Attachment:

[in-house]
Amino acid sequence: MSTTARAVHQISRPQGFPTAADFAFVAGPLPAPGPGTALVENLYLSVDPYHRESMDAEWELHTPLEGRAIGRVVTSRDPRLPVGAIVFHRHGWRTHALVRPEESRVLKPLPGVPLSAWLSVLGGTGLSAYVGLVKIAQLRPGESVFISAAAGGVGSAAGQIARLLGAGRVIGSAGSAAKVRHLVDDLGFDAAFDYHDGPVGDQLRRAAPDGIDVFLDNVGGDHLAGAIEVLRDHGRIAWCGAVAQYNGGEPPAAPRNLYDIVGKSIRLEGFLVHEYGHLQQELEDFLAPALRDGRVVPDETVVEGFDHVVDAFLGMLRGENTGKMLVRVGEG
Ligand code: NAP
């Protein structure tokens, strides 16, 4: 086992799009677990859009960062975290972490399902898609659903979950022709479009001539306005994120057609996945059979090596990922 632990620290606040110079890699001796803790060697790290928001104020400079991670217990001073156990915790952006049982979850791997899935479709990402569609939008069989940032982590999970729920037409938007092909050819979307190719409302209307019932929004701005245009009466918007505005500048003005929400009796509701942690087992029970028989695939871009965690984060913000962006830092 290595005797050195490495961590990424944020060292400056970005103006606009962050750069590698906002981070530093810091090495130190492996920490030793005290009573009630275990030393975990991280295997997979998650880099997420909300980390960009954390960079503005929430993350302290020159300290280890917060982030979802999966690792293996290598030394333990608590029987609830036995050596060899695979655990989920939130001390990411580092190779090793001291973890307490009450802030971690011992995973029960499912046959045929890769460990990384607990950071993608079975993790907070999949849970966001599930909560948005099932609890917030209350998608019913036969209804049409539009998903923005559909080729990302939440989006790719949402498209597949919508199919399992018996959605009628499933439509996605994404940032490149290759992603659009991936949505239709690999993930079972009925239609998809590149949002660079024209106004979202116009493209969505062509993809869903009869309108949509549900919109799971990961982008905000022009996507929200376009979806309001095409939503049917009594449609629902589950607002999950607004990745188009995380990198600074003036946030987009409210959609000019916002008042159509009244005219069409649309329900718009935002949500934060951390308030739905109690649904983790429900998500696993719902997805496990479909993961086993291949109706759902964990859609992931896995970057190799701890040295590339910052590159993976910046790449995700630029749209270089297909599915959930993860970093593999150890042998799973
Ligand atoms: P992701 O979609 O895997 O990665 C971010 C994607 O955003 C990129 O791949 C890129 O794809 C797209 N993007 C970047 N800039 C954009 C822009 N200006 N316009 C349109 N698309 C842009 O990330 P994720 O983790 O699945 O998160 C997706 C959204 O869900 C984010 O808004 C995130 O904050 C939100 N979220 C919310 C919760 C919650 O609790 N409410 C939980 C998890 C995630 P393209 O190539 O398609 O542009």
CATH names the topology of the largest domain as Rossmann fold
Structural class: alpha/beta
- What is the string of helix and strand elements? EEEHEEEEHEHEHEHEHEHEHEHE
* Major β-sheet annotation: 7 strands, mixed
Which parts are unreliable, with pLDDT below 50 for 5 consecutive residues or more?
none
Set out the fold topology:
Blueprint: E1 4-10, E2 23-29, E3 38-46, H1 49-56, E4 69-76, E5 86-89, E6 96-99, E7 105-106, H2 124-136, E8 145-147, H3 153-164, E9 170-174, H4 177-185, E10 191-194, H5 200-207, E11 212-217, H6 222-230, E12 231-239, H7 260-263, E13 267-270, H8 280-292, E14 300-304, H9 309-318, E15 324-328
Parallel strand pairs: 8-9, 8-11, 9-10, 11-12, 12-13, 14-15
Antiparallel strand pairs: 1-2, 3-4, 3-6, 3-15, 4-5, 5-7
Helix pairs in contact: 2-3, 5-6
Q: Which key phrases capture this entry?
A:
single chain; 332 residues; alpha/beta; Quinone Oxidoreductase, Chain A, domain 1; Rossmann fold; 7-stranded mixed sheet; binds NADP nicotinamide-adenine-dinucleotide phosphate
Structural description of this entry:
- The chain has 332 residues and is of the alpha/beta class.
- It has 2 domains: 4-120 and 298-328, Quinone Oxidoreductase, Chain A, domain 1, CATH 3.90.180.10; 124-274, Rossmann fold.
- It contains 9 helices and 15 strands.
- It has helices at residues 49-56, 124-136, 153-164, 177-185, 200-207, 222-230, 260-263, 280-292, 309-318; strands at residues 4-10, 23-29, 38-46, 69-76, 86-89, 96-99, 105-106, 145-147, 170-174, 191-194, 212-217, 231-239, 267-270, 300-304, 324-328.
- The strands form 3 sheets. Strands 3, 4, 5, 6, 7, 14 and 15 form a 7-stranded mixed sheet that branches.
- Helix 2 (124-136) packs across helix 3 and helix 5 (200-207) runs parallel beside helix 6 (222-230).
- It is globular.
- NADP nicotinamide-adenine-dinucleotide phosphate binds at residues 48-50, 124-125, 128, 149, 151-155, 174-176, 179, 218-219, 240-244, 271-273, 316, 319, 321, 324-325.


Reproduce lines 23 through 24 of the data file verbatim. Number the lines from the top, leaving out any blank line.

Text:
- It contains 9 helices and 15 strands.
- It has helices at residues 49-56, 124-136, 153-164, 177-185, 200-207, 222-230, 260-263, 280-292, 309-318; strands at residues 4-10, 23-29, 38-46, 69-76, 86-89, 96-99, 105-106, 145-147, 170-174, 191-194, 212-217, 231-239, 267-270, 300-304, 324-328.